Link to this page: https://www.socialistparty.org.uk/issue/416/4728
Socialism 2005: "Inspiring...motivating..."
"Looking forward to changing the world"
A BUZZ filled the main hall at the Friends Meeting House as we began to pack in for the main Socialism 2005 rally – older members who had been part of the mass struggles of the 1970s and 80s and, in their hundreds, school students, college and university students, young workers. A new generation of fighters who want to change the world, who are looking for socialist ideas.
“We’re angry” said Hannah Sell, national organiser of Socialism 2005. “Angry that 20,000 people die from poverty every day; angry at Bush and his murderous war in Iraq; angry that a collection of individuals own more wealth than three billion people on the planet.”
Big business thought they had seen the end of socialism with the collapse of the Soviet Union in the 1990s but as more and more workers enter struggle to defend their wages and conditions, then socialist ideas are arising again.
Sarah Sachs-Eldridge, national co-ordinator of International Socialist Resistance (ISR) described her experiences at the World Social Forum in Brazil and how ISR had tried to bring the culture and vivacity of Brazilian socialists to Britain. The red contingent of ISR and Socialist Students, the flags, the music, the chants mark them out on every demo, particularly the massive Make Poverty History demo in Edinburgh.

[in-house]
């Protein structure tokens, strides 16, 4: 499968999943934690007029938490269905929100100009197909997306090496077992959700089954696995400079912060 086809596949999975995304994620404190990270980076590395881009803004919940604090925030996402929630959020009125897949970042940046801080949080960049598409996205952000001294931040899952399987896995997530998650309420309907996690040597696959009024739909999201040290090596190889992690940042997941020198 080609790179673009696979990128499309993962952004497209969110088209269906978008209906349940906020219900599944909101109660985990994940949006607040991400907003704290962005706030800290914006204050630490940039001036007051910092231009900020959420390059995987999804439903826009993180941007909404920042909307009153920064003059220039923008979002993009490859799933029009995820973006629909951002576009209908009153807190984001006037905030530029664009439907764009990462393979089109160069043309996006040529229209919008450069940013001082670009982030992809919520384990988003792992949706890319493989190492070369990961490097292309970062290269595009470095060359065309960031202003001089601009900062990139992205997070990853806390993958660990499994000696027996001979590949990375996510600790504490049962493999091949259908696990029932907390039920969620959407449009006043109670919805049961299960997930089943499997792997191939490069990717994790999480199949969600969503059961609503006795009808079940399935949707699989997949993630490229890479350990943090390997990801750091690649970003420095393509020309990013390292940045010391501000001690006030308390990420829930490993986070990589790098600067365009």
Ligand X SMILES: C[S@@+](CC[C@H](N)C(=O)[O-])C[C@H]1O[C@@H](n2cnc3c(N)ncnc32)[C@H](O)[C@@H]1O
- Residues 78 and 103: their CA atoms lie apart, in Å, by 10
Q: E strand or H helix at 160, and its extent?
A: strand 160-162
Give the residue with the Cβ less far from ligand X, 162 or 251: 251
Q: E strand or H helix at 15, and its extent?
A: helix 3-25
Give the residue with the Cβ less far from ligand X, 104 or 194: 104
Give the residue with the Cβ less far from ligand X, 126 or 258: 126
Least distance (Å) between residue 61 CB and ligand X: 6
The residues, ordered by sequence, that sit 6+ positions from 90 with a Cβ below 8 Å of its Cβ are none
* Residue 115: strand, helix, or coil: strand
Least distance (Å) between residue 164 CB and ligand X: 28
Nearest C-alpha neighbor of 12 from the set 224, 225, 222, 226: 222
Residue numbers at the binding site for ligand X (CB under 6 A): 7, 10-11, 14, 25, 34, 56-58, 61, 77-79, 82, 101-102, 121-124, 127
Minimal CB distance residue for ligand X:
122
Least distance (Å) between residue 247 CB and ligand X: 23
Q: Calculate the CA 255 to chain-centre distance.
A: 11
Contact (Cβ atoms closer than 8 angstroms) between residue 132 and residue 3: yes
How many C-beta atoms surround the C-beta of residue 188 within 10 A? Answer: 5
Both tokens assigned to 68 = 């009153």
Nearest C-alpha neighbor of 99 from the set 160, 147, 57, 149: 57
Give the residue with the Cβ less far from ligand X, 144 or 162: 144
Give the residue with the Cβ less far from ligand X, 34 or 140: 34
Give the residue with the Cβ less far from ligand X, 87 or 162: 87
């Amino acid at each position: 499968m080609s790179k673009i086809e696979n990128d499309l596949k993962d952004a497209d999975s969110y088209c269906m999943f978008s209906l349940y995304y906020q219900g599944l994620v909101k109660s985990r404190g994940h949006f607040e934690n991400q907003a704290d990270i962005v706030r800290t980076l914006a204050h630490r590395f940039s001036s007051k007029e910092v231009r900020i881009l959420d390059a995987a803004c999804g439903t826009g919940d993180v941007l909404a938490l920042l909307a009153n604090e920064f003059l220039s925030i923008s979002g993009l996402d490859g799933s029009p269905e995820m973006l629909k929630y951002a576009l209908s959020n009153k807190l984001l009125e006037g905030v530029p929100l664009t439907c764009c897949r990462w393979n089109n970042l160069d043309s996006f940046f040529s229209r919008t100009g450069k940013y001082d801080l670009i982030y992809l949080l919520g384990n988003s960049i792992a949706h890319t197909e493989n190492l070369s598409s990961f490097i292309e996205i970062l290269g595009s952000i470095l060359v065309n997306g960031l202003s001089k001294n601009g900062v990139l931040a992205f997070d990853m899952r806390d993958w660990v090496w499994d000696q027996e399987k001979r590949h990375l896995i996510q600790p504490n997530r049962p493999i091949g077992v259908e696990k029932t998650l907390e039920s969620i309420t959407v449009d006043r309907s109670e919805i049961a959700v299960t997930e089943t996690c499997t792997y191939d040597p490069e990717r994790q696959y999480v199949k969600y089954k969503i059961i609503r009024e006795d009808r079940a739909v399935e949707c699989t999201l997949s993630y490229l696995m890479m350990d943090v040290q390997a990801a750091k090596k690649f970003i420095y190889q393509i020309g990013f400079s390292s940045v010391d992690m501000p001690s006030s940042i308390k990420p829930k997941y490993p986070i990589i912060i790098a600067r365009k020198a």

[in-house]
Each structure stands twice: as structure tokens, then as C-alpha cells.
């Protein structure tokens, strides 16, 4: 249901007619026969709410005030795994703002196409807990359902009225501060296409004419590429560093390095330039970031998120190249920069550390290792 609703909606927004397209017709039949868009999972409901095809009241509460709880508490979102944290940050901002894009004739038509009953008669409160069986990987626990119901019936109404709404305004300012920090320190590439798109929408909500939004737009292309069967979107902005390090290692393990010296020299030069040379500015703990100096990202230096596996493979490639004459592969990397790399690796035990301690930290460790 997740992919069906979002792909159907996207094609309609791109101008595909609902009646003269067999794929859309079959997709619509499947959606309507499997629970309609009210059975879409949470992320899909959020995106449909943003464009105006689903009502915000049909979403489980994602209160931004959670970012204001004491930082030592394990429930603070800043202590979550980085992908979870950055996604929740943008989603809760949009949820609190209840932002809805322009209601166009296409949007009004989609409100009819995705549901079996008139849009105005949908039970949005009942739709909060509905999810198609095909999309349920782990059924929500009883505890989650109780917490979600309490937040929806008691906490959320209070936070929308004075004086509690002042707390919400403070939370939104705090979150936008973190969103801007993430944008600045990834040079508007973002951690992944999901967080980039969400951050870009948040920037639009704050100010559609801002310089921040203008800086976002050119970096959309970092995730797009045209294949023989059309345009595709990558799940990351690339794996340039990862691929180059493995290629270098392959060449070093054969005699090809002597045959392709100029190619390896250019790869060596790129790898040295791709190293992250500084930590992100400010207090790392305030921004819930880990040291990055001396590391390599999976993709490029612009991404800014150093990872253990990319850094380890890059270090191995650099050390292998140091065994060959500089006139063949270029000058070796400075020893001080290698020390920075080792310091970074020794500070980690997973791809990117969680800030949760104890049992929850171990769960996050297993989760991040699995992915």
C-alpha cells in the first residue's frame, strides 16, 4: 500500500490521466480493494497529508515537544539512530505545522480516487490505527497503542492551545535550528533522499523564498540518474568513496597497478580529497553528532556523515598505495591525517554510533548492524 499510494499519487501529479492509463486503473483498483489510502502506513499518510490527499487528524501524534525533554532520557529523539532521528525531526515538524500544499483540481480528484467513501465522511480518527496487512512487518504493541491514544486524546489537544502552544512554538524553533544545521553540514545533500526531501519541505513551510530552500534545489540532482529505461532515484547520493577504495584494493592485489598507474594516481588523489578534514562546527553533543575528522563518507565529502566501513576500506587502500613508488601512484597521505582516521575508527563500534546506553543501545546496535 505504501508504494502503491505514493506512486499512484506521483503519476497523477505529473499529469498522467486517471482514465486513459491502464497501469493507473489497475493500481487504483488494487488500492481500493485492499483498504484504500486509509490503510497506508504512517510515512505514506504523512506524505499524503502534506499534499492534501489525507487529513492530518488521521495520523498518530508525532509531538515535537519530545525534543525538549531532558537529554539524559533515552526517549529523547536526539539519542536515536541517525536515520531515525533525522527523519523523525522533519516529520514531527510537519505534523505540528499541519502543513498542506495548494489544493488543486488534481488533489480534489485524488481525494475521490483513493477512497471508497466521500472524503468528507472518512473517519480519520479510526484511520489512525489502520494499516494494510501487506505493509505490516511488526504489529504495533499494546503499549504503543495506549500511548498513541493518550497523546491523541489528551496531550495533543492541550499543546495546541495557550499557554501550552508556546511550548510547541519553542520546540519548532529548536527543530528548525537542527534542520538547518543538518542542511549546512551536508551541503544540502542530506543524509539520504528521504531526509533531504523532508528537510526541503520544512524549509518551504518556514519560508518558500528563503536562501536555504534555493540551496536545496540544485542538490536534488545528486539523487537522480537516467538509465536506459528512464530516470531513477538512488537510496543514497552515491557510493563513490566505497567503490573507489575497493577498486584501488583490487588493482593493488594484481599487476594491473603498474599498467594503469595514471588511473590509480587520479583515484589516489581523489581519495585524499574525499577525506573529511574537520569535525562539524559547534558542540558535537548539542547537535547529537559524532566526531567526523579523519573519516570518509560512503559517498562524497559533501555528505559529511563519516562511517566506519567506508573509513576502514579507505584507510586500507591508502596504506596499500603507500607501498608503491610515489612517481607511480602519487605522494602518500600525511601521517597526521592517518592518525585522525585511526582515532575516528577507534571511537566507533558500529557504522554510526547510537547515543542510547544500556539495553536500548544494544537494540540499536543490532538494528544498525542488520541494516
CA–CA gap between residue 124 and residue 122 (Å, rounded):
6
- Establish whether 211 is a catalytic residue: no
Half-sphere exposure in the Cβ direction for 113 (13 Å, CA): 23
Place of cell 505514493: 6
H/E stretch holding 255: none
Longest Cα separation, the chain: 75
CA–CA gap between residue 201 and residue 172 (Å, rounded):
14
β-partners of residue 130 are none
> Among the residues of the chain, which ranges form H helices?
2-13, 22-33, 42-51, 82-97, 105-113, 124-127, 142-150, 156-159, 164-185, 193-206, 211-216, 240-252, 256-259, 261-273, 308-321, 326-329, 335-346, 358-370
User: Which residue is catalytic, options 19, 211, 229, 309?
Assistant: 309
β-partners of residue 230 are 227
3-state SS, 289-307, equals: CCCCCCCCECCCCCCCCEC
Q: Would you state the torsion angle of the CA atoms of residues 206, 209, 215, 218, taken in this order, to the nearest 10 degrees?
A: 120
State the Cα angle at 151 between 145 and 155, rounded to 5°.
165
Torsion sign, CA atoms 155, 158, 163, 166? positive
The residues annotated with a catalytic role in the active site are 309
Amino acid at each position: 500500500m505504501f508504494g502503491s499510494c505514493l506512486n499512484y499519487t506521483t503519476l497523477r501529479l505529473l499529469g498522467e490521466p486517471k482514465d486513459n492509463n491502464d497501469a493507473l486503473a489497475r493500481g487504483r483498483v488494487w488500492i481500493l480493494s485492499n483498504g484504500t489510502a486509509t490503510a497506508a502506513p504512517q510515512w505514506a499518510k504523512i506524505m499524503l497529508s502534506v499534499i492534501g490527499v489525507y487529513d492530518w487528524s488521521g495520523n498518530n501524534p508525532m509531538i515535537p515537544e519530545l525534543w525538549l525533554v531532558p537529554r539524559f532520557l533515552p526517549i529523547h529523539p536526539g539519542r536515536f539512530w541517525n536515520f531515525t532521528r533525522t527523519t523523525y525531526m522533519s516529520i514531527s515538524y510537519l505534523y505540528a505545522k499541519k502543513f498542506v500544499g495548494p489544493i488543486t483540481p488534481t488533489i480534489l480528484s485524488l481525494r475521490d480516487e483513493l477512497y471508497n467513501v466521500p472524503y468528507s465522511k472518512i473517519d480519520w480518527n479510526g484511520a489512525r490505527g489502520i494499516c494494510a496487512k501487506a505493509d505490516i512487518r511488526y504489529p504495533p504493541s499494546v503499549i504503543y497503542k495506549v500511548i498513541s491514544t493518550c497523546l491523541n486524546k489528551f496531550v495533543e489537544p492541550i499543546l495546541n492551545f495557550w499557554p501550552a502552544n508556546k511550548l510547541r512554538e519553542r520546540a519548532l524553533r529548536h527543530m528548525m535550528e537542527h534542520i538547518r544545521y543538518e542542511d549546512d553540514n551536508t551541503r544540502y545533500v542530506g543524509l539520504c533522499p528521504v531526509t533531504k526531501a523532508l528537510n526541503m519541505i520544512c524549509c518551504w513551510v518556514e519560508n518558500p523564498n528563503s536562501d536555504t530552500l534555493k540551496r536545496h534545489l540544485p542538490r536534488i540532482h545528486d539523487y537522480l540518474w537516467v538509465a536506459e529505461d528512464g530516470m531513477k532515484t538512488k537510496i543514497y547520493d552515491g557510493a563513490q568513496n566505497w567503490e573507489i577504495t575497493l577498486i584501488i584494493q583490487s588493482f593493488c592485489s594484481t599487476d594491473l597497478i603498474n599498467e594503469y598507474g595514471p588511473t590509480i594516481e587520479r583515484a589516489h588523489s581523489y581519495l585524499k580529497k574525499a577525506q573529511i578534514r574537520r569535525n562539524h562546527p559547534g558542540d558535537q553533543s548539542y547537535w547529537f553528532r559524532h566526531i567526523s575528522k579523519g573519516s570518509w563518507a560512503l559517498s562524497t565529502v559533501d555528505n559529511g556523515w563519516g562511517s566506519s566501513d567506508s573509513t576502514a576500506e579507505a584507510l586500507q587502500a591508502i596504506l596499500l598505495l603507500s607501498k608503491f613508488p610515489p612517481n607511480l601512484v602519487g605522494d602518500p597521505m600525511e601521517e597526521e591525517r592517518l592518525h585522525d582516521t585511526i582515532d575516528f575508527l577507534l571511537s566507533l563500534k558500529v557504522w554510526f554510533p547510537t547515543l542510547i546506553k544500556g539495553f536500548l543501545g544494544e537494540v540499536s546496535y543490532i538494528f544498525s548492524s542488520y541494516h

But young people aren’t joining us just because we’re the brightest and liveliest but because of our socialist ideas.
The young people who marched behind our Make Capitalism History banner in Edinburgh know that every aspect of their lives is under attack. A 16 year old on the minimum wage of £3 an hour would take 200,000 years to earn the same as Top Shop boss Philip Green! Climate change threatens our future while Exxon/Mobil make $110 million profit every day.
Nathan Aldridge, a member of Military Families Speak Out and Socialist Alternative (sister party of the Socialist Party in the US) explained how the anti-war movement is growing. With two brothers, one just back from Iraq and one in Afghanistan, he knows the brutal realities for US soldiers.
Up to 100,000 protesters participated in vigils over the summer to support Cindy Sheehan, the mother of a soldier killed in Iraq, as she held her own vigil outside George Bush’s ranch, to ask him why her son had to die. Students have walked out of school to protest against the war and occupation (see page 5 reports).